It started with a mild but persistent cough. At first I didn't worry, even though she was nearing 14 years old, Lucy had always been a tough little dog despite her delicate features and quickly bounced back from all the ailments she had faced. But when the cough didn't fade by Christmas we took her to the veterinarian and got the bad news that she had a sizable tumor on her lungs. The bad news got worse when we were told that the size and placement of the tumor, as well as her advanced age, meant that surgery was not a good option. The vet didn't give us any timelines but he seemed doubtful she would make it through the winter. I was devastated to know that there was really nothing to be done but to try to make her as comfortable as possible until the inevitable came. I wanted more, more options, and above all else, more time.
The beach out on Fire Island, where my life partner's family has a summer home, is Lucy's most favorite place in the world. She truly is a beach dog. She spent many a summer happily running herself ragged on that beach and I wanted nothing more than for her to get to play in the surf once more. But summer seemed so very far away back then. I am not a religious person but I found myself praying quite often during those cold winter months. We put Lucy on a regimen of Prednisone, a steroid, to boost her appetite (as she had really begun to lose weight) and Hycodan to ease her discomfort from coughing. And I set myself on a daily regimen of hope. Hope against all odds.
There were some dark days, days when Lucy didn't want to eat or when she began to have trouble using her back legs (a strange but apparently common symptom of lung cancer in dogs). But my tuff little baby girl kept plugging on along. I don't know if we just lucked out or if God heard my prayers and took pity on me and my little dog, but what seemed like the longest winter ever finally came to an end, and Spring came at last. Stepping out onto the beach with Lucy and her "little brother" Desi in tow last April was an incredibly emotional moment for me and my partner Robert. We redoubled our resolve to take every day with Lucy as a gift and we managed to both take time off from work at the end of May and stayed out on the island with Lucy through July. Seeing her play with Desi in the sand and darting in and out of the waves like she was a puppy again brought such a joy to my heart, though it was tinged with the bittersweet knowledge that this would be her last summer.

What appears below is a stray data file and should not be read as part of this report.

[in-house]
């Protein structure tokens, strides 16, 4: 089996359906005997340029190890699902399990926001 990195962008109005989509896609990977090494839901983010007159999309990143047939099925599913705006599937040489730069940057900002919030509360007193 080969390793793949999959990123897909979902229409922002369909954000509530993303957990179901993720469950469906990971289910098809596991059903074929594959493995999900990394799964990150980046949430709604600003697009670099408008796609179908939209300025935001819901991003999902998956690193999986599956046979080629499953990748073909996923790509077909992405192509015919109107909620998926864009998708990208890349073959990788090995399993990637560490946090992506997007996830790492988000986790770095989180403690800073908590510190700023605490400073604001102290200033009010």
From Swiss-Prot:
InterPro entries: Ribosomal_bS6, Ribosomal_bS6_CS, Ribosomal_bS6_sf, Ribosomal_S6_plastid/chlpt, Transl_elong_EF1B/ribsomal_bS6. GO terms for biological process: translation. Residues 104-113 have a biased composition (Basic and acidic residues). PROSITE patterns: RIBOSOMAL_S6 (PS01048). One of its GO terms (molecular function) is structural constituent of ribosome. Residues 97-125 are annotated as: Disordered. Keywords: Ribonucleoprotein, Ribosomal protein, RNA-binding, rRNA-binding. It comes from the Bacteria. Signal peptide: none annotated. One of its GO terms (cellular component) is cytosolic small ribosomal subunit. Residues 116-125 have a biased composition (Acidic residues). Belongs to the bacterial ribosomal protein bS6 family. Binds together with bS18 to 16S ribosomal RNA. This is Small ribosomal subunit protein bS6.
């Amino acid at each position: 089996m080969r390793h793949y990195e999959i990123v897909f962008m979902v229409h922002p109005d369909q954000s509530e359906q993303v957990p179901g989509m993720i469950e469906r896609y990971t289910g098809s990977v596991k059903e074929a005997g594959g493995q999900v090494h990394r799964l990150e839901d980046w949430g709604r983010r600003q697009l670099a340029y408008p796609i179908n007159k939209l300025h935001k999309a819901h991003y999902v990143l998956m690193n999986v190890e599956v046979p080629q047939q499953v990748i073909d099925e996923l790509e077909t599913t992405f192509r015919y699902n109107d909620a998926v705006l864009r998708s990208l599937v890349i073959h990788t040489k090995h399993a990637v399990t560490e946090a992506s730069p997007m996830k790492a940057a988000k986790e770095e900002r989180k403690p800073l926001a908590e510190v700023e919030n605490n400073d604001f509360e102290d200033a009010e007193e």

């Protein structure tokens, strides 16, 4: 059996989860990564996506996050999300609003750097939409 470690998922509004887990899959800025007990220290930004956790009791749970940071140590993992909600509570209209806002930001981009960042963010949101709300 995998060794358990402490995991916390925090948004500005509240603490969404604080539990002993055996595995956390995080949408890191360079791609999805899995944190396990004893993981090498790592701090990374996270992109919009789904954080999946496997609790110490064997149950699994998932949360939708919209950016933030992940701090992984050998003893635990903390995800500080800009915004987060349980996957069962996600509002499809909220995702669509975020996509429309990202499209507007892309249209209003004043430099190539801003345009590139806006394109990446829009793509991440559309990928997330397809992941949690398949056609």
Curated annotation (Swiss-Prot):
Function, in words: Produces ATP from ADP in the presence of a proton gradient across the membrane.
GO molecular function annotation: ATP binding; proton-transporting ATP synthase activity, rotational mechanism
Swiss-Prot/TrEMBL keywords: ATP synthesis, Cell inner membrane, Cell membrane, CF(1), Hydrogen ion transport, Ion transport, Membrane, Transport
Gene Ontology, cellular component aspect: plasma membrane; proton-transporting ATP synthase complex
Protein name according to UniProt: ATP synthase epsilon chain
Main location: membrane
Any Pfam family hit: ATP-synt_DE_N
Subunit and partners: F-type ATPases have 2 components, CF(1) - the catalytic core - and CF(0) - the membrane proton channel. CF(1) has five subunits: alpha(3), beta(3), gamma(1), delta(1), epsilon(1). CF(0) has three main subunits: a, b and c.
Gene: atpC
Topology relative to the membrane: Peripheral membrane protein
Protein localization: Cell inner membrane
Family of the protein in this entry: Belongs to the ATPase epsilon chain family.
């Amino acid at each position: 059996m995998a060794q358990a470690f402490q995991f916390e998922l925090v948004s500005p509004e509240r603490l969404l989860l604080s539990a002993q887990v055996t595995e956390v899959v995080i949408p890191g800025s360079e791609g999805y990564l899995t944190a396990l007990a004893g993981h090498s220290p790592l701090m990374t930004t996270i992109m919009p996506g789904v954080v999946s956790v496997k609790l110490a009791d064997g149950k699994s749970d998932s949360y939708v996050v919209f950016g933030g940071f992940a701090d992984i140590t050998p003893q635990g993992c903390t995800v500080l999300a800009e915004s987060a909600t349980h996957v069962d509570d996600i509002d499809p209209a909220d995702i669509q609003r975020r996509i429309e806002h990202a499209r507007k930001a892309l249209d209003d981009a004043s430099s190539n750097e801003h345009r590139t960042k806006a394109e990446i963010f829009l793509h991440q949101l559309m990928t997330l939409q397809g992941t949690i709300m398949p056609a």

As Lucy's health has now begun to seriously decline I know the hardest part is yet to come but we will face it together and I am so thankful that we were able to surround Lucy with love and family and be in her favorite place for her final months. Her journey to death has given me such an appreciation of life and how special it is. I know that I will be devastated when she is gone but I take solace in the knowledge that she has never known a day without love and that her loved ones were with her always. In the end, that's all any of us can really hope for.